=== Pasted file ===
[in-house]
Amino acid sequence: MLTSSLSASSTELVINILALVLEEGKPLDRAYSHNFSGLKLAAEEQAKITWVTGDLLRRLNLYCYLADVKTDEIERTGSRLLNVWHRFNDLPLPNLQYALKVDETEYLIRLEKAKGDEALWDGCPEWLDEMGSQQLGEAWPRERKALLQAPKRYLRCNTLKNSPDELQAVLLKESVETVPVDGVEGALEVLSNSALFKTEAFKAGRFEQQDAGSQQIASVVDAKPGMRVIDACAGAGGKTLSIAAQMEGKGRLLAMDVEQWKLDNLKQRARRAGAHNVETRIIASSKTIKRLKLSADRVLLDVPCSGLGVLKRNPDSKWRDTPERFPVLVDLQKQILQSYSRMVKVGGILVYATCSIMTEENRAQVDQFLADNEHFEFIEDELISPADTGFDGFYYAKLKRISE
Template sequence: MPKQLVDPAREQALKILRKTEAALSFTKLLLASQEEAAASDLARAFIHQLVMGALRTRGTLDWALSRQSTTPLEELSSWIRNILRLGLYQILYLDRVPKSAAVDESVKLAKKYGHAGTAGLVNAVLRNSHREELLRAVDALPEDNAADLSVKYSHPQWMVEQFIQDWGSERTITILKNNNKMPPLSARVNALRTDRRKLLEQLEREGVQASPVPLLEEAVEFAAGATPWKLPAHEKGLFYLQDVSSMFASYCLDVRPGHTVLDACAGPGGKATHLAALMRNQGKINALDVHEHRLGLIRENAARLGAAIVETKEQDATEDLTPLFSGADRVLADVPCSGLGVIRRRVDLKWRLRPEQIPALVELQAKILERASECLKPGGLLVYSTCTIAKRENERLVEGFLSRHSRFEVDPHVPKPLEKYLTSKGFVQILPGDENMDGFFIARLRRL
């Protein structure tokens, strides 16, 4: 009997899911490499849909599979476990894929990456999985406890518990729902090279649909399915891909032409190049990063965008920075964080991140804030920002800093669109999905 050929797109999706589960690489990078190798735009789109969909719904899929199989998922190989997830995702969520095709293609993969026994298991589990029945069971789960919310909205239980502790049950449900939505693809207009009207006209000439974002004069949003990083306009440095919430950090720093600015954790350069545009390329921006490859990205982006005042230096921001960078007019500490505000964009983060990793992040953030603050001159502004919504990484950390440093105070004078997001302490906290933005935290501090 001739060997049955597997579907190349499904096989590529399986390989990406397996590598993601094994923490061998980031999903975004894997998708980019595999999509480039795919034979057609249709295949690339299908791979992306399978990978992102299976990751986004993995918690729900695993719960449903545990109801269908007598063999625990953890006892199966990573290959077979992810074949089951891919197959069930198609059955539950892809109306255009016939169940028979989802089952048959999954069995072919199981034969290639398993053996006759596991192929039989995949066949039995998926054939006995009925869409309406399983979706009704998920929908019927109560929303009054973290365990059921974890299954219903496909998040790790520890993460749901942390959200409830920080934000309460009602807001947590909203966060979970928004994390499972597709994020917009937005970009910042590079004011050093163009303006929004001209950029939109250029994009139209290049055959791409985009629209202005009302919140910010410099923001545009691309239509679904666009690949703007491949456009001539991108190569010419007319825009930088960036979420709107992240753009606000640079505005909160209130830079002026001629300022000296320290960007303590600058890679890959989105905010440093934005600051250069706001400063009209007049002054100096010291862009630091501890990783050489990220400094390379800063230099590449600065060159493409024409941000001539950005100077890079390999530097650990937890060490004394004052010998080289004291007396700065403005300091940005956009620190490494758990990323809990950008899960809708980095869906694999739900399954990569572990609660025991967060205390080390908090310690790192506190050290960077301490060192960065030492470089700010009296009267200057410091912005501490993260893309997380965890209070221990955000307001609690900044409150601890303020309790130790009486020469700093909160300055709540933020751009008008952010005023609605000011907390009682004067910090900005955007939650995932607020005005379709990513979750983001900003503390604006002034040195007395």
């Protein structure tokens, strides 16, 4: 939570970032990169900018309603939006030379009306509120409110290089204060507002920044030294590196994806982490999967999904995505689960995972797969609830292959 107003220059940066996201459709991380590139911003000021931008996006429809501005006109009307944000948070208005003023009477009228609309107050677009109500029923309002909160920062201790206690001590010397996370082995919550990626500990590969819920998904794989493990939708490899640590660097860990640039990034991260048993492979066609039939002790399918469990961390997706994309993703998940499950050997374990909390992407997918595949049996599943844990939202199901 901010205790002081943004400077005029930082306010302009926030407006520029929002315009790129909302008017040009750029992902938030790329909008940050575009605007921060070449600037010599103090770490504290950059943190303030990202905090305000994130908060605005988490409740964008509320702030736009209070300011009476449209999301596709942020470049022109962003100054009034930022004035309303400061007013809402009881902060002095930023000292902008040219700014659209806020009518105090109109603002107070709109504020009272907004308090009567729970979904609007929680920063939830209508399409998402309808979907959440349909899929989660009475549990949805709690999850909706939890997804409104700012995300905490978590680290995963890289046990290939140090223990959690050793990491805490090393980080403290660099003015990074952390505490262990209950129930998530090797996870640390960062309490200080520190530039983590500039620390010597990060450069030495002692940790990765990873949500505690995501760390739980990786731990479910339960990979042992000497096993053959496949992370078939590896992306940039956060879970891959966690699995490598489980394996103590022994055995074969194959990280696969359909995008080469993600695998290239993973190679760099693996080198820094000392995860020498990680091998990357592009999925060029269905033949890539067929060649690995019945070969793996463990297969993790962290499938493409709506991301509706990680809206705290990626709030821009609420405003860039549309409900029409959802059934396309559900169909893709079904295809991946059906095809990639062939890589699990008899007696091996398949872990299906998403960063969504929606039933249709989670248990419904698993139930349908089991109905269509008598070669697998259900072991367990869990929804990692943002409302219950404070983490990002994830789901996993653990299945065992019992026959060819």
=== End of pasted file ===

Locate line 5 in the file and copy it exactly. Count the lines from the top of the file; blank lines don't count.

């Protein structure tokens, strides 16, 4: 939570970032990169900018309603939006030379009306509120409110290089204060507002920044030294590196994806982490999967999904995505689960995972797969609830292959 107003220059940066996201459709991380590139911003000021931008996006429809501005006109009307944000948070208005003023009477009228609309107050677009109500029923309002909160920062201790206690001590010397996370082995919550990626500990590969819920998904794989493990939708490899640590660097860990640039990034991260048993492979066609039939002790399918469990961390997706994309993703998940499950050997374990909390992407997918595949049996599943844990939202199901 901010205790002081943004400077005029930082306010302009926030407006520029929002315009790129909302008017040009750029992902938030790329909008940050575009605007921060070449600037010599103090770490504290950059943190303030990202905090305000994130908060605005988490409740964008509320702030736009209070300011009476449209999301596709942020470049022109962003100054009034930022004035309303400061007013809402009881902060002095930023000292902008040219700014659209806020009518105090109109603002107070709109504020009272907004308090009567729970979904609007929680920063939830209508399409998402309808979907959440349909899929989660009475549990949805709690999850909706939890997804409104700012995300905490978590680290995963890289046990290939140090223990959690050793990491805490090393980080403290660099003015990074952390505490262990209950129930998530090797996870640390960062309490200080520190530039983590500039620390010597990060450069030495002692940790990765990873949500505690995501760390739980990786731990479910339960990979042992000497096993053959496949992370078939590896992306940039956060879970891959966690699995490598489980394996103590022994055995074969194959990280696969359909995008080469993600695998290239993973190679760099693996080198820094000392995860020498990680091998990357592009999925060029269905033949890539067929060649690995019945070969793996463990297969993790962290499938493409709506991301509706990680809206705290990626709030821009609420405003860039549309409900029409959802059934396309559900169909893709079904295809991946059906095809990639062939890589699990008899007696091996398949872990299906998403960063969504929606039933249709989670248990419904698993139930349908089991109905269509008598070669697998259900072991367990869990929804990692943002409302219950404070983490990002994830789901996993653990299945065992019992026959060819």